Wolves in the Throne Room – Celestite

US black metal has been a pretty divisive branch of the black metal tree with so many different bands tinkering with different sounds, styles, and nuances from Ash Borer to Panopticon and Castevet to Krallice. But for better or worse, Wolves in the Throne Room has always been on the tip of your tongue when discussing USBM.


Arguably of the all the bands listed above, Wolves in the Throne Room are, or were rather, the closest thing to conventional in the black metal sphere. The brothers Weaver had made quite the impression with their first couple of albums, truly reaching a zenith of sorts in 2009 with Black Cascade and again in 2011 on Celestial Lineage, the album that has essentially brought them their greatest success.

Despite differing traits, often mentioned with the blanket description of Cascadian, WITTR have always been a black metal band in the grand scheme of things, though one focused on very different goals. Aaron and Nathan Weaver own a small farm in rural Washington state, living off the land, while their lyrics are more in tune with the earth, ecology and the state of our environment than hellfire, brimstone and burning churches or whatever other clichés you can think of that are generally associated with their Scandinavian counterparts.

Black metal but not black metal has been the MO of Wolves in the Throne Room, opting to be the loner of the class but still a student in the classroom at the end of the day. Celestite, an album three years in the making is a conscious effort to step away from any and all black metal where possible. It began in January with vague but chin-strokingly intriguing comments from the Weavers on the shape and form their new album was taking.

“This new album is an unorthodox foray; a fully instrumental, experimental companion record to Celestial Lineage. We left some work undone with Celestial Lineage,” they wrote. The press blurb discussed aural journeys, an “unearthed soundscape”, and “subterranean sonics”, and other such phrases and descriptors, which are either profound and loaded with meaning or void of any whatsoever. What was clear was that Celestite, an accompaniment to Celestial Lineage, would come sans vocals and drums, focusing on guitars and wash of atmospherics; simply put an ambient record.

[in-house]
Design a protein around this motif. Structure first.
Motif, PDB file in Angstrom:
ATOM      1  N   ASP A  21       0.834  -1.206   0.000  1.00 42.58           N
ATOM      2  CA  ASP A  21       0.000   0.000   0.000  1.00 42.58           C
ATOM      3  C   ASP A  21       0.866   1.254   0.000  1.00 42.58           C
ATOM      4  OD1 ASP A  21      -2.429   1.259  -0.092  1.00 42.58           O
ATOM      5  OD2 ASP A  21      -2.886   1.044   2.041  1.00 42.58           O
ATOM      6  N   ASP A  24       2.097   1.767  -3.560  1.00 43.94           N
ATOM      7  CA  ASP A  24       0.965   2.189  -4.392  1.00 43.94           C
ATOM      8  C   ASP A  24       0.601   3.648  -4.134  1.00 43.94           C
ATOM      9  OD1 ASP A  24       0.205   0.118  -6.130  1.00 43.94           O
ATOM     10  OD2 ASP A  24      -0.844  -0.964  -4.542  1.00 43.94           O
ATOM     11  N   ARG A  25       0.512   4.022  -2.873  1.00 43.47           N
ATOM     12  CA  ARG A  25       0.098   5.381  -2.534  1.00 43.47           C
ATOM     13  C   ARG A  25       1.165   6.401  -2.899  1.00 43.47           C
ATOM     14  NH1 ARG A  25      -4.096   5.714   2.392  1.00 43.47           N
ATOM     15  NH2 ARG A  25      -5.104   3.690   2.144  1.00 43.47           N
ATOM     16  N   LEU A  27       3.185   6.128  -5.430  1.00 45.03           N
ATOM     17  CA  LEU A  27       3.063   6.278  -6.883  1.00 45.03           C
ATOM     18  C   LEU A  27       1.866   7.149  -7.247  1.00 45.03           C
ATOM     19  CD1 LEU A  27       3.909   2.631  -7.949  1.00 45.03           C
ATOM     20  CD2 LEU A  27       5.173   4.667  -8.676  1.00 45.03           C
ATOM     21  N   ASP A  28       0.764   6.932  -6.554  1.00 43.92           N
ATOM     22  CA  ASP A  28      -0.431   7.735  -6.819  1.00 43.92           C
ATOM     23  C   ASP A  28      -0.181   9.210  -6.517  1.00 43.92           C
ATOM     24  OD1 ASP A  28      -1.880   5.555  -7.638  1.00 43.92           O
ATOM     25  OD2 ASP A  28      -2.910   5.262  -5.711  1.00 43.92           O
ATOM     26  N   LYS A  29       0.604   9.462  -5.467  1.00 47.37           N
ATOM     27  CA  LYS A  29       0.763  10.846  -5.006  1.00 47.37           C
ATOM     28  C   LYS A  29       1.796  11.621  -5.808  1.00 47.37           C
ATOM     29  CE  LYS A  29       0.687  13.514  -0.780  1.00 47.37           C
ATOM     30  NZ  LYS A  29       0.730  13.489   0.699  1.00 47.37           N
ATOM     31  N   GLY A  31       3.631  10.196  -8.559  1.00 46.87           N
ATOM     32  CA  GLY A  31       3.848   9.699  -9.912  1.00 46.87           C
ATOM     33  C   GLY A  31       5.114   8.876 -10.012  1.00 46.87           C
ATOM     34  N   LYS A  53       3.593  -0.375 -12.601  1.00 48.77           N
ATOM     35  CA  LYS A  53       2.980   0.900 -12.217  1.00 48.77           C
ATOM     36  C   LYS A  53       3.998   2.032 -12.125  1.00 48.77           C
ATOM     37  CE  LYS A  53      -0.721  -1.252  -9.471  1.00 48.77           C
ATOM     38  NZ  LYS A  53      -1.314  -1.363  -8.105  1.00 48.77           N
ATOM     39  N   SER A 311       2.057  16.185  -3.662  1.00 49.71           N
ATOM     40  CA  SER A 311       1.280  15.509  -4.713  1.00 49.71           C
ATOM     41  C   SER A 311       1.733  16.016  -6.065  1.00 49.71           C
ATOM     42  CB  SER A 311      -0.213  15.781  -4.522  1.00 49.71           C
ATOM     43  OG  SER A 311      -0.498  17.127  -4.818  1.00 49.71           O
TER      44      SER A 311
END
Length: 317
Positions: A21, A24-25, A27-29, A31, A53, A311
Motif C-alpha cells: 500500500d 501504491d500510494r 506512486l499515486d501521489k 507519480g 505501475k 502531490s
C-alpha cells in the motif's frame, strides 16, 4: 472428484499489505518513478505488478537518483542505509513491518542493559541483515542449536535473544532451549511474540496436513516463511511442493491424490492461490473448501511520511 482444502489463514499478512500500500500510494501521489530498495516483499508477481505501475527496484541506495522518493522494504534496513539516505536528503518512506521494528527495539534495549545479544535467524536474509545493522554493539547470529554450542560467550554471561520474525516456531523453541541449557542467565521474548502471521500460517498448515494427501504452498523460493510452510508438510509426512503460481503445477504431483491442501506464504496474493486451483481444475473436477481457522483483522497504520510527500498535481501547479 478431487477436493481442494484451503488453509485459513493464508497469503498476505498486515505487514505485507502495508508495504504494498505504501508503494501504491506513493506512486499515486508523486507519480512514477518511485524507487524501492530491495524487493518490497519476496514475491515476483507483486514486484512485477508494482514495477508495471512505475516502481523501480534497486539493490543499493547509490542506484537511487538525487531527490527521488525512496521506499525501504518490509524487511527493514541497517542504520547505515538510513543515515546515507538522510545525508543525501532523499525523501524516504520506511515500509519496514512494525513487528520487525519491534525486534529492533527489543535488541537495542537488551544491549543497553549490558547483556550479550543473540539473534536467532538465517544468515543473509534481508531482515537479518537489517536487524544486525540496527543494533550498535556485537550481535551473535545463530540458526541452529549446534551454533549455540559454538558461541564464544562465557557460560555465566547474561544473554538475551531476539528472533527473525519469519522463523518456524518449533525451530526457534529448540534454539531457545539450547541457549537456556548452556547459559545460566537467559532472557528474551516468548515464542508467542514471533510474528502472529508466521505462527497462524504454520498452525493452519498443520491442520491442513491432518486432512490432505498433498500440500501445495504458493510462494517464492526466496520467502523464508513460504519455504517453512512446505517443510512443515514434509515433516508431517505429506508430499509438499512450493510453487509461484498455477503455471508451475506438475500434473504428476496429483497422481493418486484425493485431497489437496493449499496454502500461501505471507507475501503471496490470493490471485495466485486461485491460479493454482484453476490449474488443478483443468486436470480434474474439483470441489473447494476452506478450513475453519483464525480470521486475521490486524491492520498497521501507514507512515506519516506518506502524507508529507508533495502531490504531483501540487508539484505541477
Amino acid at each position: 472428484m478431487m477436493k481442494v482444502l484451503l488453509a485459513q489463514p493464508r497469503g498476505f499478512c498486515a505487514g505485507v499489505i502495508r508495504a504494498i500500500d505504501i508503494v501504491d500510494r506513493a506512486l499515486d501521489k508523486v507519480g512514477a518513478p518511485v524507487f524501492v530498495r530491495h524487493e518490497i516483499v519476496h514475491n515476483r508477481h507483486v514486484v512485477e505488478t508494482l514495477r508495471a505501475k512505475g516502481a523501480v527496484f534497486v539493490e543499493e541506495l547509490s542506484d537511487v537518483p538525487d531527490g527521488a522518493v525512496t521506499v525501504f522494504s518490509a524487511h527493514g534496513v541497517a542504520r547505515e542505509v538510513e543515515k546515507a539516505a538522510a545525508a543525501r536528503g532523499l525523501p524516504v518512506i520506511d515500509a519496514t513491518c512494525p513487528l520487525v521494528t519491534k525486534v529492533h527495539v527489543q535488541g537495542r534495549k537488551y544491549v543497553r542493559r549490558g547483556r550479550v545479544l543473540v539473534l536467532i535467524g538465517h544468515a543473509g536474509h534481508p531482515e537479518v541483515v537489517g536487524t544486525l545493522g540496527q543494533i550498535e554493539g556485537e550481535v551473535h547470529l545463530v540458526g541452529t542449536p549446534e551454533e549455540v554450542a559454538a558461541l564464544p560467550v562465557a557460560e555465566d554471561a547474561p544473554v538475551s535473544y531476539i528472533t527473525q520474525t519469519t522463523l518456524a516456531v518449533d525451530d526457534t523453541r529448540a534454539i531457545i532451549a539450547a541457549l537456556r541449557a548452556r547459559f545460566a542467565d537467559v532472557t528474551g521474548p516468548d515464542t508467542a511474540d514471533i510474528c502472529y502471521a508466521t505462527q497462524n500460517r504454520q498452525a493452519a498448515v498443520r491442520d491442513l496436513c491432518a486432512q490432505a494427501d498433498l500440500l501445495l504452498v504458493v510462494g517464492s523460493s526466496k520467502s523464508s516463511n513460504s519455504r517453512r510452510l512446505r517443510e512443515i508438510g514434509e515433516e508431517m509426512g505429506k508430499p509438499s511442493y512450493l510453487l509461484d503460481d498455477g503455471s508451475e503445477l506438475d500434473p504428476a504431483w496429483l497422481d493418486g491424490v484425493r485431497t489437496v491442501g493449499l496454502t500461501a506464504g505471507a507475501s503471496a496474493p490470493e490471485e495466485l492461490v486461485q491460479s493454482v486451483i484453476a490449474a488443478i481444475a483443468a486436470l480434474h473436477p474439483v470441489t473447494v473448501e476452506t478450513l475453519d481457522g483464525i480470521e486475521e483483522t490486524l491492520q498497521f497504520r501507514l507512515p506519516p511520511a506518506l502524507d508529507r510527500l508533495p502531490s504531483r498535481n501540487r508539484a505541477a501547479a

Celestite is a very simple album, perhaps due to its rather stripped down feel and limited components. Waves of guitars wash over the listener from start to finish while auxiliary instruments like horns and flutes can be heard whirring under the surface, gently pushing through the din at different moments throughout. There are certainly plenty of instances where WITTR craft out very intriguing and emphatic swells on this record.

For all intents and purpose, this is a solid ambient guitar album, though it is one living in a world overwhelmed by interesting ambient and electronic musicians from different spectrums and Wolves in the Throne Room come across as another face in the crowd and if anything, Celestite sounds like a side project and therein lies the problem, there isn’t much that sets it apart.

For what is considered a “companion” record, there has been too much esteem bestowed onto Celestite by its creators. Such a record never feels like it can stand up on its own and the three years since Celestial Lineage proves that. If Celestite had been released within 12 months of its predecessor or released as a sort of Times of Grace/Grace experiment, it would have made much more sense. In this case, it feels like a series of ambient interludes that had been left to gather dust on a studio shelf and have now been tacked together.

Whether it’s a companion album or something that is its own entity, Celestite struggles to stand up as something truly worth your while. Perhaps the most significant issue here is that this album has been three years in the making and the end result doesn’t feel worth it. Celestite is unessential but the Weavers are going to do whatever they want to and more power to them. Will the next one be a further plunging into ambient music or a return to the black metal of yore? Who knows? Whatever it is though will once again have a love/hate response.

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